Friday, June 29, 2012

Beautiful Prose

As a senior in high school, I took AP English. It lasted two semesters and promised to be a challenging course (it did not disappoint).

As I was reading from the Diamond Sutra this morning, I came across a passage of commentary that was beautifully written. Translator Edward Conze wrote,

In the present period of history we find ourselves in one of the worst possible cosmic ages, with Buddhism in full decline, and the people everywhere singularly obtuse about matters spiritual, and incredibly dimwitted when confronted with the wisdom of the sages.

I read the paragraph, paused a moment, and read it again. I admired the particular choice of diction (it was the word "cosmic" used to describe the ages that sparked my interest first). The phrase "singularly obtuse about matters spiritual"...I've yet to be able to quite articulate what it is that I love so much about the writing, but here is why I recalled AP English.

I remember one day walking down the hall with my teacher. We were discussing, I believe it was James Joyce...perhaps Flannery O'Connor. We studied both in the same time frame. He was telling me about the beauty of the prose, and I asked him what he meant. I didn't quite understand how words, the same words used by everyone who speaks English, could be beautiful in one jumble and ordinary in another. I looked at his face as he seemed to search for an adequate explanation. He expounded a bit, but left me with the notion that it was something I'd have to experience for myself.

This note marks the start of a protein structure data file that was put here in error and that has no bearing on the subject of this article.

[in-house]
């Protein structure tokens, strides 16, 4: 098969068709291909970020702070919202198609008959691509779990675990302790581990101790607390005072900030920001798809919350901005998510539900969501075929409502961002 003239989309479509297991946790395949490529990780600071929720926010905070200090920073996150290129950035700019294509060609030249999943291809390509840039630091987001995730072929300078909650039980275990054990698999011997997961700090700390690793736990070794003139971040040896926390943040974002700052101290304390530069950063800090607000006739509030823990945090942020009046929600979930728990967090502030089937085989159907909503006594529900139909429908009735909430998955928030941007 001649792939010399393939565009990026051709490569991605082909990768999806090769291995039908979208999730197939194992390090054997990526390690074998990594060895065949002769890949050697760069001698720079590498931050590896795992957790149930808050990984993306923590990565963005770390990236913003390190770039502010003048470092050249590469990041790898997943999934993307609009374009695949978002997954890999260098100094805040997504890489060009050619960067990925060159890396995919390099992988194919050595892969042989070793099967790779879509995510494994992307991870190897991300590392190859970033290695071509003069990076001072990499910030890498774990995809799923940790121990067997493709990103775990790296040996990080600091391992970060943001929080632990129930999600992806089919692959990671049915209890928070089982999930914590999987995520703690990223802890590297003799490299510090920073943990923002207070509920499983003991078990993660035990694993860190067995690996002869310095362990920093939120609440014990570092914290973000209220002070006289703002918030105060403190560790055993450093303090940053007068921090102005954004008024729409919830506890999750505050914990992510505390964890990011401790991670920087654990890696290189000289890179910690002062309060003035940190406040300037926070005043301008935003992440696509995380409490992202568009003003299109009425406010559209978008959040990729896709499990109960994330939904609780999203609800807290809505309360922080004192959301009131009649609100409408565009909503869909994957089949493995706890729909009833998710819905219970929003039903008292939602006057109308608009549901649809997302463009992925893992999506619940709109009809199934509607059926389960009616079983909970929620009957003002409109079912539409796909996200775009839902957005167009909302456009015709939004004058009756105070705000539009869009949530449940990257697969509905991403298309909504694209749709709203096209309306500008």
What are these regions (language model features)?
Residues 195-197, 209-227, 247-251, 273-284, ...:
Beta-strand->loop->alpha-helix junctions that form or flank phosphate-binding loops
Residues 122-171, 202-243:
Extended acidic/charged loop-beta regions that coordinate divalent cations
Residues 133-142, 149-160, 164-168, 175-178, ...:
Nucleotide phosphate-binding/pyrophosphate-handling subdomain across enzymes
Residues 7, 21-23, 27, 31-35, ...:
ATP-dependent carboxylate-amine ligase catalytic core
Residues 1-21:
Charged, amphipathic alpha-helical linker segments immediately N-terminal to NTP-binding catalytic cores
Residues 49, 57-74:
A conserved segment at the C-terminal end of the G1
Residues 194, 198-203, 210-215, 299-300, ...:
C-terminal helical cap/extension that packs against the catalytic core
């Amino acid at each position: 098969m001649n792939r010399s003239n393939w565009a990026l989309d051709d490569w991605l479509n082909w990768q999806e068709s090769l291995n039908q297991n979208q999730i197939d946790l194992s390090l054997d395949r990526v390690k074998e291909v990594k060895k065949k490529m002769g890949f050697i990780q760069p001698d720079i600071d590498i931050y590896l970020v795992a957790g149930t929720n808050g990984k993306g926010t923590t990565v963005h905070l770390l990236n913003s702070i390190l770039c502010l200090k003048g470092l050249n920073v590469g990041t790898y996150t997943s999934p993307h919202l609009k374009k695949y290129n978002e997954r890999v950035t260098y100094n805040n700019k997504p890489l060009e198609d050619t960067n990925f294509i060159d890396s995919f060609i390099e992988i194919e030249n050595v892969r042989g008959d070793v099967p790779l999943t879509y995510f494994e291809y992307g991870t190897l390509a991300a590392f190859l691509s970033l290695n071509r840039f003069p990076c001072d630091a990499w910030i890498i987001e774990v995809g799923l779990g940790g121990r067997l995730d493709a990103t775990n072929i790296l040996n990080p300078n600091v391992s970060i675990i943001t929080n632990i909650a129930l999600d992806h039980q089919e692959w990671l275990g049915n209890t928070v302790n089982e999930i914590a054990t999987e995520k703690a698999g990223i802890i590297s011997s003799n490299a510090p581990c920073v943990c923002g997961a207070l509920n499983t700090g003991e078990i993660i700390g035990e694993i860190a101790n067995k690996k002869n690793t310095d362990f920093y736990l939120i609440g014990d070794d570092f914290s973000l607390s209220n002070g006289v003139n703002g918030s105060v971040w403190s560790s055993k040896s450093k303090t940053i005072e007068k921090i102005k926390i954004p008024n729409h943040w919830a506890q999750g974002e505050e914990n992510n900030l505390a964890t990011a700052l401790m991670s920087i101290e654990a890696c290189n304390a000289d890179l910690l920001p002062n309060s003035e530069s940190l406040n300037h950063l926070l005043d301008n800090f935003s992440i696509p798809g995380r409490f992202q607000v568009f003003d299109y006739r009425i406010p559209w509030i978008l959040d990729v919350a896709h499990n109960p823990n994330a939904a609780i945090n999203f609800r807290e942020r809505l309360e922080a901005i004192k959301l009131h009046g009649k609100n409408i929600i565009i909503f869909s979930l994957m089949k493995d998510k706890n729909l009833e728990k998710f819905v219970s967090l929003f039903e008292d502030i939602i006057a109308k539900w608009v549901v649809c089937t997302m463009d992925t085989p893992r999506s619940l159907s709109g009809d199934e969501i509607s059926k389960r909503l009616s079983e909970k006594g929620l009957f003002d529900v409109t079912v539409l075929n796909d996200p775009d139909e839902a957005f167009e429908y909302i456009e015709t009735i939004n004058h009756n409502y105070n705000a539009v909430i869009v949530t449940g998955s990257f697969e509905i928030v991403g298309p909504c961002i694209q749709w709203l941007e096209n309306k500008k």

Now I know.

Now I know what beautiful prose reads like. What it feels like falling off your tongue. What it stirs up inside you as the words take form and create images in your mind and thoughts in your soul. And it's different for everyone, I believe. Granted, I think beautiful prose should be recognized by everyone, but the particular way in which it touches a person will vary. For instance, the paragraph I quoted above may not seems quite as beautiful to another reader. For me, it was like a small gift in the morning, delicately laced with the somber and distressed meaning of its words.

Now I know. And now I want others to know. But I can't exactly explain it to you.

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